Modular Arithmetic &amp; Cryptography

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# Modular Arithmetic & Cryptography - PowerPoint PPT Presentation

Modular Arithmetic &amp; Cryptography. CSC2110 Tutorial 8 Darek Yung. Outline. Quick Review Examples Q &amp; A. Quick Review. Prime Modular Arithmetic Multiplicative Inverse Turing’s Code RSA. Prime. If p is a prime, GCD(a, p) = 1 unless a is multiple of p

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### Modular Arithmetic & Cryptography

CSC2110 Tutorial 8

Darek Yung

Outline
• Quick Review
• Examples
• Q & A
Quick Review
• Prime
• Modular Arithmetic
• Multiplicative Inverse
• Turing’s Code
• RSA
Prime
• If p is a prime, GCD(a, p) = 1 unless a is multiple of p
• If p is a prime, p | a1 * a2 * … * aN implies

p | ai for some i

• Every natural number n > 1 has a unique prime factorization
Multiplicative Inverse
• Multiplicative inverse can be calculated by
• Repeated squaring
• Integer linear combination
Turing’ Code (Version 1)
• Secret: key k
• Encryption: m’ = m * k
• Decryption: m’ / k = (m * k) / k = m
• Attacked by

GCD(m1’, m2’) = GCD(m1k, m2k) = k

Turing’ Code (Version 2)
• Public: large prime p
• Secret: key k, k < p
• Encryption: m’ = rem(mk, p), m < p
• Decryption:
• multiplicative inverse of k (mod p) k’
• m’  mk (mod p)
• m’k’  mkk’ (mod p)  m (mod p)
• Plain text attack
• Given m’, m, p
• multiplicative inverse of m (mod p) m’’
• m’m’’  kmm’’ (mod p)  k (mod p)
RSA
• Generate two large primes p, q
• Let n = pq, T = (p-1)(q-1)
• Select e such that GCD(e,T) = 1
• Let d = multiplicative inverse of e (mod T)
RSA
• Public: n, public key e
• Secret: private key d
• Encryption: m’ = me (mod n), m < n
• Decryption: (m’)d  med  m (mod n)
Examples
• Q20: False
• Q21: False, modular arithmetic can be applied to INTEGER a, b
• Q22: True, sum of digits is divisible by 9
Examples
• Q23: True, difference between sum of even digits and sum of odd digits is divisible by 11
• Q24: False, either of a, a’ can be negative.

e.g. n = 5, a = 3, a’ = -3  k = -2

• Q25: True
Examples
• Q26: False, c may be multiple of n
• Q27: False, k may be multiple of p
Examples
• Q28: True
• Q29: False, k may be multiple of p
• Q30: False, k may be multiple of p and there is no multiplicative inverse of k (mod p)
Examples
• Q31: True (false if p1 = p2)
• Q32: True
• Q33: False, Version 1.0 use simple multiplication
Examples
• Q34: True (will show in long question)
• Q35: True
• Q36: False, unique m with respect to a specific k. A large number of (m, k) pair.
Examples
• Q37: True
• Q38: False, encrypted by public key
• Q39: True
• Q40: False, it is just to compute the power of an integer modulo another number
Examples
• It is now 5pm on Sunday, What’s the time and the day of the week after 17965 hours
• 17965 = 758(24) + 13
• 758 = 108(7) + 2  Tuesday
• 13 + (5+12) = 30 = 1(24) + 6  6am

 Wed

Examples
• Calculate 579572 (mod 21) by repeated squaring
• 72 = 64 + 8
• 5795  20 (mod 21)
• 57952 1 (mod 21)

 57954 57958 579516 1 (mod 21)

579532 579564 1 (mod 21)

• 579572 579564 * 57958 20 (mod 21)
Examples
• Calculate multiplicative inverse of 47981 (mod 95963)
• 95963 = 2(47981) + 1

 1(95963) -2(47981) = 1

 -2(47981)  1 (mod 95963)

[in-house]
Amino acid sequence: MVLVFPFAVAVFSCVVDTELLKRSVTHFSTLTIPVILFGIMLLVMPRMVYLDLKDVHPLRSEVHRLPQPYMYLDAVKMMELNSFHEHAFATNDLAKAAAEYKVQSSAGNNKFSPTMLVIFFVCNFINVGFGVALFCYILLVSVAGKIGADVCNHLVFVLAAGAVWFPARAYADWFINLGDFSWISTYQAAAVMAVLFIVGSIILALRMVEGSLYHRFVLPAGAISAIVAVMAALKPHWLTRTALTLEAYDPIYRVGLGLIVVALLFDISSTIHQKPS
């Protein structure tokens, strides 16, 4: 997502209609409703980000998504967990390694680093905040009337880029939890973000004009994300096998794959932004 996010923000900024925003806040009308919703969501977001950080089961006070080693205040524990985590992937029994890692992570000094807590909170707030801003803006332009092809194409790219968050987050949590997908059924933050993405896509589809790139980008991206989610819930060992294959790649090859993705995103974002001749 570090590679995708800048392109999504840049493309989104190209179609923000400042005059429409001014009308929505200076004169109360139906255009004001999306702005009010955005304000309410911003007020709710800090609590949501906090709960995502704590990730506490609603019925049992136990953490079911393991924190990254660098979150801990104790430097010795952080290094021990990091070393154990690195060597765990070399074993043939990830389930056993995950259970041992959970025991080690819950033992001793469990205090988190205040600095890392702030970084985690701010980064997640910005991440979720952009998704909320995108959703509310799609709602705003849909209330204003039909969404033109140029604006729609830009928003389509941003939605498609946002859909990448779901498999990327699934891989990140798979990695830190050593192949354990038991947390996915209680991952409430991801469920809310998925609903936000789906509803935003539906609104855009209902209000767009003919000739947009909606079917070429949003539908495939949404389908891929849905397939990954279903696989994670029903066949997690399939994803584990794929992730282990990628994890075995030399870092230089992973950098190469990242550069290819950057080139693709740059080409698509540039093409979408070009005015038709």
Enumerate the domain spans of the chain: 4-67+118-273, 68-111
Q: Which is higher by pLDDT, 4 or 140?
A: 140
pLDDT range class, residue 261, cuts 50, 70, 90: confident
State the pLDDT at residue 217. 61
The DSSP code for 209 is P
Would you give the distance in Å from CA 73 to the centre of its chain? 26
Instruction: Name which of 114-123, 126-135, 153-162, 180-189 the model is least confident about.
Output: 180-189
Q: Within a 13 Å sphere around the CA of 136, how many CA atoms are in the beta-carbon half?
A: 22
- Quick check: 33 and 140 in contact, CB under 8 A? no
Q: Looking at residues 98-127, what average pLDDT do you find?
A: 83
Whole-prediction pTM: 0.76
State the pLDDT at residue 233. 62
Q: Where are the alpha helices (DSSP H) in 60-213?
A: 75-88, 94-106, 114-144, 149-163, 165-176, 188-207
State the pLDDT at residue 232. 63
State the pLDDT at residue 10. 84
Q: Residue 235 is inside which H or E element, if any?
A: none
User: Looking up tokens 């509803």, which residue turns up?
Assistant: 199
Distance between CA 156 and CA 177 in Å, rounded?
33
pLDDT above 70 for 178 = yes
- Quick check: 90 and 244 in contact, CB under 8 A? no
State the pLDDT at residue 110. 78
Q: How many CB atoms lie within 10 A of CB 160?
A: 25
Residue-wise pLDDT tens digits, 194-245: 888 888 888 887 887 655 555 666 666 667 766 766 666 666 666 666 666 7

 required multiplicative inverse = -2

Examples
• Prove ac  bc (mod p) and GCD(c, p) = 1 imply a  b (mod p) for prime p
• Since GCD(c, p) = 1, there exists

c’ = multiplicative inverse of c (mod p)

• ac  bc (mod p)

 acc’  bcc’ (mod p)

 a  b (mod p)

Examples
• Given a  b (mod p) and b  c (mod p) implies a  c (mod p)
• And a  b (mod p) implies a+cb+c (mod p)
• Prove a  b (mod p) and c  d (mod p) imply a + c  b + d (mod p) for prime p
Examples
• Prove a  b (mod p) and c  d (mod p) imply a + c  b + d (mod p) for prime p
• a  b (mod p)  a + c  b + c (mod p)
• c  d (mod p)  c + b  d + b (mod p)

 a + c  b + c  c + b  d + b (mod p)

 a + c  b + d (mod p)

Examples
• Explain why a number written in decimal is divisible by 9 if and only if the sum of its digits is a multiple of 9
• 10  1 (mod 9)

 10k 1k  1 (mod 9)

• All decimal number, d, can be written in form:

dk(10k) + dk-1(10k-1) + … + d1(101) +d0

 d  dk + dk-1 + … + d0 (mod 9)

 divisible by 9 if and only if the sum of its digits is a multiple of 9

Examples
• Explain why a number written in decimal is divisible by 11 if and only if the difference between the sum of its odd digits and sum of its even digits is a multiple of 11
• 10  -1 (mod 11)

 10k (-1)k (mod 11)

• All decimal number, d, can be written in form:

dk(10k) + dk-1(10k-1) + … + d1(101) +d0

 d  (-1)kdk + (-1)k-1dk-1 + … + (-1)0d0 (mod 11)

 d  dk - dk-1 + dk-2… - d1 + d0 (mod 11)

 divisible by 11 if and only if the difference between the sum of its odd digits and sum of its even digits is a multiple of 11

Examples
• Under Turing’s Code (Version 1.0), given key k = 47
• Encrypt message m1 = 569
• Encrypt message m2 = 751
• Get k by having m1 and m2
Example
• Encrypt message m1 = 569
• m1’ = k * m1 = 26743
• Encrypt message m2 = 751
• m2’ = k * m2 = 35297
• How to crack?
Examples
• GCD(m1’, m2’) = GCD(m1k, m2k) = k
• 35297 = 1(26743) + 8554
• 26743 = 3(8554) + 1081
• 8554 = 7(1081) + 987
• 1081 = 1(987) + 94
• 987 = 10(94) + 47
• 94 = 2(47) + 0

 GCD(35297, 26743) = 47 = k

Examples
• Under Turing’s Code (Version 2.0), given prime p = 89, key k =48
• Encrypt message m = 78
• Compute multiplicative inverse of m (mod p)
• Show how to perform plain-text attack
Examples
• Encrypt message m = 78
• m’ = rem (mk, p) = rem (3744, 89) = 6
• Compute m’’ = multiplicative inverse of m (mod p)
• 89 = 78 + 11  11 = 89 - 78
• 78 = 7(11) + 1  1 =78 – 7(11)

 1 = 8(78) – 7(89)

 m’’ = 8

Examples
• Plain-text attack: given m’, m and p
• m’  m * k (mod p)

 m’’ * m’  m’’ * m * k  k (mod p)

• m’’ * m’ = 6 * 8  48 (mod p)

 k = 48